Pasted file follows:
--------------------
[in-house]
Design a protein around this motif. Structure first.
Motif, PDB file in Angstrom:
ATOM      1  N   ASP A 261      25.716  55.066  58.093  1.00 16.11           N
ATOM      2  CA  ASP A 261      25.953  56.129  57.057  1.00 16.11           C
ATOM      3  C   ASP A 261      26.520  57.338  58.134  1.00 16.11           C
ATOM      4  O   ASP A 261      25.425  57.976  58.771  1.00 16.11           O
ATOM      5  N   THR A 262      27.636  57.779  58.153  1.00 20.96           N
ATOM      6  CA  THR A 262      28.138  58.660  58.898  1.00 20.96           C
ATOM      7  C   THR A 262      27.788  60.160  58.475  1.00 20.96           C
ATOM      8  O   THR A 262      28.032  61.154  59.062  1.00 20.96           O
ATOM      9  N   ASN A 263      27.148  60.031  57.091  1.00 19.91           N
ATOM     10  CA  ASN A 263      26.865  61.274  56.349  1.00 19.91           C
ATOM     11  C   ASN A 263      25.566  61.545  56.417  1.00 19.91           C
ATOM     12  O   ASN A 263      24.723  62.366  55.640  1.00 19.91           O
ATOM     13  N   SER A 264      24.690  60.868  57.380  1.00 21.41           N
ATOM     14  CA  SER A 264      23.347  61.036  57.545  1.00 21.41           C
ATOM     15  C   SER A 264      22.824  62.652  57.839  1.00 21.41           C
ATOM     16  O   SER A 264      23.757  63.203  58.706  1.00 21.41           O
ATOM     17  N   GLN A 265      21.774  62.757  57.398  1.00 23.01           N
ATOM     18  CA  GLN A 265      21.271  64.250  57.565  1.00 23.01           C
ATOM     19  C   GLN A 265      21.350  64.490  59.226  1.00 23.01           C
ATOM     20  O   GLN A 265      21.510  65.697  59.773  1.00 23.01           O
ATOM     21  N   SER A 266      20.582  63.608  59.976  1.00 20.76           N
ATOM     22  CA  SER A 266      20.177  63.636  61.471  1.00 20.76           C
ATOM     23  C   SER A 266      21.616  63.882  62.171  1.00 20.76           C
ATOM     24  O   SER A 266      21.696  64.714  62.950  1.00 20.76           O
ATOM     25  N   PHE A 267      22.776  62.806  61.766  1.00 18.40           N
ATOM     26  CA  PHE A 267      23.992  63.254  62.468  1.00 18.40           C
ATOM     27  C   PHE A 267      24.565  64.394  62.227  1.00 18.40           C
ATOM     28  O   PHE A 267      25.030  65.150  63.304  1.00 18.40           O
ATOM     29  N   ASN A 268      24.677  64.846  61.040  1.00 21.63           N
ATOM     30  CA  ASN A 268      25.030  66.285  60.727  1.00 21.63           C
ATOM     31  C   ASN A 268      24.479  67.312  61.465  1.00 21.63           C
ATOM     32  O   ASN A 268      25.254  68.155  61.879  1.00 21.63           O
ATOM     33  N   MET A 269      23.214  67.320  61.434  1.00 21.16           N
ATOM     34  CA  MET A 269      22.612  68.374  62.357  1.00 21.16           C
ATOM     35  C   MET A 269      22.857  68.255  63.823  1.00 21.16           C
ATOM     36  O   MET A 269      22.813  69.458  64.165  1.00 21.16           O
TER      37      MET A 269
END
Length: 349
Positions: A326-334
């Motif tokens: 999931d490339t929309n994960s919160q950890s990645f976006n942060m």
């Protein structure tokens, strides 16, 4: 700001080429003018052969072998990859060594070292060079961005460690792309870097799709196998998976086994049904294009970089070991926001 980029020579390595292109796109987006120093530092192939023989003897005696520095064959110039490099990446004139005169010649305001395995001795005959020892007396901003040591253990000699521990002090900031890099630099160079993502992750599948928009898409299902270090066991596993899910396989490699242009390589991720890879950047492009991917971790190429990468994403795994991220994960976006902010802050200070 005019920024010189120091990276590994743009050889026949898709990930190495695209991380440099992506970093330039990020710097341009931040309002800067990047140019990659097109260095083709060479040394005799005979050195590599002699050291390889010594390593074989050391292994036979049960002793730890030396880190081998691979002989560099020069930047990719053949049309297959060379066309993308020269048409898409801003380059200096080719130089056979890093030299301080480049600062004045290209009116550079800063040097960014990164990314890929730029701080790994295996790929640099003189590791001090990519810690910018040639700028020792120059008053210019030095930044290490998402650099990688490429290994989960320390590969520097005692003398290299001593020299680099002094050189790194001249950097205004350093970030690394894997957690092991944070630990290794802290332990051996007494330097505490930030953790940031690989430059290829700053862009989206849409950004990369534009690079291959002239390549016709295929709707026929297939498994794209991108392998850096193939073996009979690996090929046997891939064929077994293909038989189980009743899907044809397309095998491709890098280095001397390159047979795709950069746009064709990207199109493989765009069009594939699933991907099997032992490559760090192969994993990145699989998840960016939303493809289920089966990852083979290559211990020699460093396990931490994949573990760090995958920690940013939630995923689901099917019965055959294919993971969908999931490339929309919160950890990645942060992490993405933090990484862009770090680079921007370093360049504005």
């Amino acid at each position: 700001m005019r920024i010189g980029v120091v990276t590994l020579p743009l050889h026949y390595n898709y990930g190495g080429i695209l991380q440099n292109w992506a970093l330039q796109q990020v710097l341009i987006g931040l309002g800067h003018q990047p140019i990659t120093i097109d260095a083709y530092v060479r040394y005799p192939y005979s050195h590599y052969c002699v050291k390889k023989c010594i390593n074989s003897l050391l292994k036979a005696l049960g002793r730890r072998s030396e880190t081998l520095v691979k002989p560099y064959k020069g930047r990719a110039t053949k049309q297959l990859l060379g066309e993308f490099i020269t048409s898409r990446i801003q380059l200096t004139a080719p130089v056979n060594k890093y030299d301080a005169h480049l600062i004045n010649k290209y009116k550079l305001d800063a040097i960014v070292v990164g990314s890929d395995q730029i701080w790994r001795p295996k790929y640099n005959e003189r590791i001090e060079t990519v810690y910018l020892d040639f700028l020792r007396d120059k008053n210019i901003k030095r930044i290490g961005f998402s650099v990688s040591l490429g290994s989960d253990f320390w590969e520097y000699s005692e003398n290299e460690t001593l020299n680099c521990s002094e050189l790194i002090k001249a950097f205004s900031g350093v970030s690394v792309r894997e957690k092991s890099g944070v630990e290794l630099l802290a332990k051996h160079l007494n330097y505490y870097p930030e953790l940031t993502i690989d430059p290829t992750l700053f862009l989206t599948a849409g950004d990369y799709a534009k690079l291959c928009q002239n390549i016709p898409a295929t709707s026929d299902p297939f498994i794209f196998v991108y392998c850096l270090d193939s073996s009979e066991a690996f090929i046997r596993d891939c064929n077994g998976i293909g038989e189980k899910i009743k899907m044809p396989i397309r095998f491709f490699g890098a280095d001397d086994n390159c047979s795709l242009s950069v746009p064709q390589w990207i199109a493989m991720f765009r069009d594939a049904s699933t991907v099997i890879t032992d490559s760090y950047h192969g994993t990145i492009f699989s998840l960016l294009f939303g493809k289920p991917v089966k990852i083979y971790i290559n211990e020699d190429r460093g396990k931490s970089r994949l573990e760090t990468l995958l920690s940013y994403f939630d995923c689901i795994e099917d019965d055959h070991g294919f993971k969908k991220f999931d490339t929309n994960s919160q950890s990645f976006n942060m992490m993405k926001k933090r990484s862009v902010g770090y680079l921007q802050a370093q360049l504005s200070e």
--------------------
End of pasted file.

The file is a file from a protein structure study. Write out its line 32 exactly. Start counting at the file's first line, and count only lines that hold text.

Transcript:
ATOM     29  N   ASN A 268      24.677  64.846  61.040  1.00 21.63           N